253464_Procurement_GuideAug8_for_web_English.doc

A guide to developing procurement bylaws 7

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A Guide to Developing Procurement Bylaws 7
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Determining the gaps Once you are familiar with your policies, procedures and practices, you will be able to determine the parts that can be used for the new bylaw/resolution. You will also be able to determine where they have not worked well or have presented problems. Keep in mind the key issues your policies need to deal with: the types of procurement processes that will be used the goals for each type when each type will be used when you will not tender (i.e. competitive procurement) when you will encourage in-house bids how you’ll ensure integrity and protect the interests of the affected parties how and when you’ll evaluate your processes. Prior to reviewing your policies, procedures and practices, it may be helpful to read through this document in its entirety so that you will have a clear understanding of what to look for when reviewing your existing policies, procedures and practices. After completing this step you should have a good understanding of where the gaps are between the subjects you need to address in your bylaw/resolution and your current policies, practices and procedures. Closing this gap is not the same as determining what your policies ought to be. You may find that while you have information for properly addressing the required subjects of section 271 of the Act, you do not have in place the policies that you need given your new goals and the associated risks (see risk management discussion in Chapter 5 ). The following chapters of the guide will assist you in formulating these new goals and closing these latter gaps. How is your new procurement bylaw/resolution likely to be different from what you currently have? As noted earlier, the procurement policies required by the Act must take the form of a bylaw or resolution. You will likely find that your existing bylaw/resolution addresses some but not all of the issues that you must address. For example, your bylaw/resolution will likely indicate the types of processes that will be used but is unlikely to state the goals or how integrity will be maintained and, how interests will be protected. You will probably A Guide to Developing Procurement Bylaws 8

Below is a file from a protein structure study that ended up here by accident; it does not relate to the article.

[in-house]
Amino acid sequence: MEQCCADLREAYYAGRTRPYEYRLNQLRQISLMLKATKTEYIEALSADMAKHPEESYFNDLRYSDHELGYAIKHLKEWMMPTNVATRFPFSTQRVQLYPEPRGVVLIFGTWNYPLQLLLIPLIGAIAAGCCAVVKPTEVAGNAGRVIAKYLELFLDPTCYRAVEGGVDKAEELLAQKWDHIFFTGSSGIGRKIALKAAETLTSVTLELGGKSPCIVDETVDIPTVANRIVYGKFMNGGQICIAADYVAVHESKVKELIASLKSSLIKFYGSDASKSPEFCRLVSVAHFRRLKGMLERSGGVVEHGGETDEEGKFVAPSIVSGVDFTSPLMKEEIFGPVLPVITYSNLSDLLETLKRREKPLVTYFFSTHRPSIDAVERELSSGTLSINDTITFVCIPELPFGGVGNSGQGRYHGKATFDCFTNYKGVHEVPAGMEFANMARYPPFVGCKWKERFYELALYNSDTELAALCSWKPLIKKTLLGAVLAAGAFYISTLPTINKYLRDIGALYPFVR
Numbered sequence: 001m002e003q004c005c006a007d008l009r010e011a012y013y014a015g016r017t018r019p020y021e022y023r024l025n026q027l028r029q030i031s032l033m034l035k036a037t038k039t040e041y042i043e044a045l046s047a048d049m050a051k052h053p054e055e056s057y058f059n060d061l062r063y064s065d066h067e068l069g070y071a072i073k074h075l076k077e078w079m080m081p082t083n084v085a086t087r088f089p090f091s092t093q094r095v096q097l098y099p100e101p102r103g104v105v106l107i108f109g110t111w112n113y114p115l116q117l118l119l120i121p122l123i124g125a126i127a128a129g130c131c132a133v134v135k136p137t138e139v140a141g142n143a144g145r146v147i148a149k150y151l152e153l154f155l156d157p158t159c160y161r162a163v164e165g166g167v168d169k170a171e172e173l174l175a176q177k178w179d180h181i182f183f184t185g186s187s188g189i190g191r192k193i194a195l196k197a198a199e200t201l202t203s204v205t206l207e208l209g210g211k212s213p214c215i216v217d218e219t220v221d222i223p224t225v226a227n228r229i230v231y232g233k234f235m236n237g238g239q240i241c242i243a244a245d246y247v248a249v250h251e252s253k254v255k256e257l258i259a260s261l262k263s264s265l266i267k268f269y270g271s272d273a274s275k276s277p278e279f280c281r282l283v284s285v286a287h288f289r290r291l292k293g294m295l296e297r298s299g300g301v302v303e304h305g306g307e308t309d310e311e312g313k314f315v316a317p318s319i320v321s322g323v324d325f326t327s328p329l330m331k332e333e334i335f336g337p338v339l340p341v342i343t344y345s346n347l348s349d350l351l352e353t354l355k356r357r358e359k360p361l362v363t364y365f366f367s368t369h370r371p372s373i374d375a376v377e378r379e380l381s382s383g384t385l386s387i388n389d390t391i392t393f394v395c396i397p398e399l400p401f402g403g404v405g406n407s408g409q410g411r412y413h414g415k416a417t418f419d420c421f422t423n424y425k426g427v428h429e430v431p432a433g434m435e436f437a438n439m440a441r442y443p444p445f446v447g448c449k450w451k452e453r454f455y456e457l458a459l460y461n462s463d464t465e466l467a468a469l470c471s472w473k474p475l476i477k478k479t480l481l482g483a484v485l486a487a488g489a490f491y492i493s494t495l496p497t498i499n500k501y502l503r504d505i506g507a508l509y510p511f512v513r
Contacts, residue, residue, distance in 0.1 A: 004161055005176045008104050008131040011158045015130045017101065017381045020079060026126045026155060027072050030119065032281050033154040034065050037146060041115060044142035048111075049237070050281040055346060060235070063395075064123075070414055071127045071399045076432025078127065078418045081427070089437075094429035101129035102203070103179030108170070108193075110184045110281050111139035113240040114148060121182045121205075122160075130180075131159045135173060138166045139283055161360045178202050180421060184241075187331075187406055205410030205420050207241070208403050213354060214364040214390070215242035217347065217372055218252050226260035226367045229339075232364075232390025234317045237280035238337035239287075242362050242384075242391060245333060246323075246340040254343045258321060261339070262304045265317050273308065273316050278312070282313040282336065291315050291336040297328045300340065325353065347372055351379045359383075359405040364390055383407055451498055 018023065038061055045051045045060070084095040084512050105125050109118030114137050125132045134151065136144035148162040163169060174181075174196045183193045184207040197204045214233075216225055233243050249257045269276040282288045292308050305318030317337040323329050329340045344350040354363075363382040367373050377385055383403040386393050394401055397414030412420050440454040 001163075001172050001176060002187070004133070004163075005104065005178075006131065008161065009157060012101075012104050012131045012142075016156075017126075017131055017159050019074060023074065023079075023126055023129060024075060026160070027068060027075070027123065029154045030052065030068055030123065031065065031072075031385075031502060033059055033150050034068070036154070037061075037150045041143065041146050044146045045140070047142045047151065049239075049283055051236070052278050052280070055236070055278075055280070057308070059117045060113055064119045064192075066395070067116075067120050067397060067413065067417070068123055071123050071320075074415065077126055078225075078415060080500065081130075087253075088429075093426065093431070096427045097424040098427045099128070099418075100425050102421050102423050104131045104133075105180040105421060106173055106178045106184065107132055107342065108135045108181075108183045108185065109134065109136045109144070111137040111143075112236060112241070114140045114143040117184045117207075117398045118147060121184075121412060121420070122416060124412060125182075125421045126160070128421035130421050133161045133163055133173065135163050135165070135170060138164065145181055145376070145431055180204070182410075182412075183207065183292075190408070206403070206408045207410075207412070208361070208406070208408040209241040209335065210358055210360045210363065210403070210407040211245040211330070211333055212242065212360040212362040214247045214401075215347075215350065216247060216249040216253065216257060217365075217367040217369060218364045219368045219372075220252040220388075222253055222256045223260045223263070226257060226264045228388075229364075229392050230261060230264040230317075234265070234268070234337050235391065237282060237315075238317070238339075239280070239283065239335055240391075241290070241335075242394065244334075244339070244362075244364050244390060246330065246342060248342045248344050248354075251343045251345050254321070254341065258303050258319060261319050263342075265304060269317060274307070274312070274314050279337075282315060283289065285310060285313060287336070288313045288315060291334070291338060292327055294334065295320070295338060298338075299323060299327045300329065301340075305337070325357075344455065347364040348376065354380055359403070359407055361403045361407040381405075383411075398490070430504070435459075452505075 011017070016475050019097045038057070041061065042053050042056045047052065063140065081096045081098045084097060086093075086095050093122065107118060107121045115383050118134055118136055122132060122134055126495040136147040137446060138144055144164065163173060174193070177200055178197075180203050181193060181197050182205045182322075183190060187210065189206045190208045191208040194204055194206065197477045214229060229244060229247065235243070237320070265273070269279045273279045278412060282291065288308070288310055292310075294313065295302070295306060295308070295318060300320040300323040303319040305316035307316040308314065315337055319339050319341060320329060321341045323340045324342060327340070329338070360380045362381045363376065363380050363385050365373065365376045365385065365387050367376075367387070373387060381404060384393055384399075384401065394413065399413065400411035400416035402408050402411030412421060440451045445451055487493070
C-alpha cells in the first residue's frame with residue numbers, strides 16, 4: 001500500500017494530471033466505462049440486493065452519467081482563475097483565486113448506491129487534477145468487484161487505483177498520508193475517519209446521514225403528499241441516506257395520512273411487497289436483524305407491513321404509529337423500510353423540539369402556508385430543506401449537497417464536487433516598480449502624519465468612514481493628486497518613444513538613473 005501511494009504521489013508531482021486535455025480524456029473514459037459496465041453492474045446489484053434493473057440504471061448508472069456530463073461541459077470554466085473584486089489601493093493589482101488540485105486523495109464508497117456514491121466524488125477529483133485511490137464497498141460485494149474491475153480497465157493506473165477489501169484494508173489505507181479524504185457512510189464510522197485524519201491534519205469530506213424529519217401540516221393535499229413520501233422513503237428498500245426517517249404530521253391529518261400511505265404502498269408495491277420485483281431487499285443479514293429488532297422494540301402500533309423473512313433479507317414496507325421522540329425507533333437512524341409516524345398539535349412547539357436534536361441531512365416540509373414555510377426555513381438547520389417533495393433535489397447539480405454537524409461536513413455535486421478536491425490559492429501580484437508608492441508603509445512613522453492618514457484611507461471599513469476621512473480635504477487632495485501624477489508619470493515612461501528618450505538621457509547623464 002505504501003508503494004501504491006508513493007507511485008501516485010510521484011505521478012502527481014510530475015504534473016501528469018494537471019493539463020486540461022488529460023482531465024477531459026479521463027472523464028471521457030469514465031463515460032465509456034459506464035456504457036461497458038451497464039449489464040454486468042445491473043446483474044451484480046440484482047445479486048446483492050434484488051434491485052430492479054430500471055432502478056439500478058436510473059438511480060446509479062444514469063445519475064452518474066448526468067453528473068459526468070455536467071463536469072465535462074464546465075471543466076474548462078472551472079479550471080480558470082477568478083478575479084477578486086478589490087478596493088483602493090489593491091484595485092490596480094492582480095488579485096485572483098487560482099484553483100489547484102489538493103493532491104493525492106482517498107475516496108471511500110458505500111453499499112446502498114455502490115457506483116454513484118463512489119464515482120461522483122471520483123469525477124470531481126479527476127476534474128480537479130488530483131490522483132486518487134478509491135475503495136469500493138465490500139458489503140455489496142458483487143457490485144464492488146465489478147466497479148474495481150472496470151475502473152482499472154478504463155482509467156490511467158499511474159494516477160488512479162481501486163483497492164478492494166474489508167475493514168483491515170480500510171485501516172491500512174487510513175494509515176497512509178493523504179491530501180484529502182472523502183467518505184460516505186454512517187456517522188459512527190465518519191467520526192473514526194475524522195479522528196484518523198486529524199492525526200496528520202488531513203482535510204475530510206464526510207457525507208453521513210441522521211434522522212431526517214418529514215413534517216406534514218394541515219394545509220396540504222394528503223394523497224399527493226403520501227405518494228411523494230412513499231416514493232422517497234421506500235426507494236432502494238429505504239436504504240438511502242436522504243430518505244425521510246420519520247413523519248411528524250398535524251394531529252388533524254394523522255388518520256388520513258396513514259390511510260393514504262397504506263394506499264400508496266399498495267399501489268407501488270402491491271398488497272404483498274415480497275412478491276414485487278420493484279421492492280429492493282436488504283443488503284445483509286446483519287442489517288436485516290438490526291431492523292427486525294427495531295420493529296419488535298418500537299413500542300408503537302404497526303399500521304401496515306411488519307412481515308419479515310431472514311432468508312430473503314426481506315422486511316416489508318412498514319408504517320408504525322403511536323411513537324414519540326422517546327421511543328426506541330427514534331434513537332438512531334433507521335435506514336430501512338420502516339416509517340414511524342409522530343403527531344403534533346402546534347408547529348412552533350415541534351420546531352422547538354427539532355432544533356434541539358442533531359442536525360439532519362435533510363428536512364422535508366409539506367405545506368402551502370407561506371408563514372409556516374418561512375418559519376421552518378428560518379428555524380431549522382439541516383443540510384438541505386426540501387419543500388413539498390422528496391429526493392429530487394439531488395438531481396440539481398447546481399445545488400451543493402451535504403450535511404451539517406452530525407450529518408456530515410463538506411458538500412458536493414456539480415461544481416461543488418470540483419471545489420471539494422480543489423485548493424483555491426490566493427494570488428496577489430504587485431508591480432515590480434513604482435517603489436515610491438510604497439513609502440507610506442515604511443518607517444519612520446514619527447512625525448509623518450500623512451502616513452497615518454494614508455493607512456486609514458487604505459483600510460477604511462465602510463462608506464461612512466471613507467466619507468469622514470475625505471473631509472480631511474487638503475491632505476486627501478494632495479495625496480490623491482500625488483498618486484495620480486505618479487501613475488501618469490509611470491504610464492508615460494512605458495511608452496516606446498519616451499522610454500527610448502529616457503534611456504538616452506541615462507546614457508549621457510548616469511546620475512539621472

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have to look at your procedures and practices (or “policies” that aren’t currently part of your bylaw/resolution) to answer these other questions. In other words, the new procurement bylaw/resolution that you need to develop is likely to be a cross between what you currently have in your bylaw/resolution and what you have in a procedural manual and unwritten practices. You may choose to create an entirely new bylaw/resolution or just amend your existing bylaw/resolution to address the new requirements.
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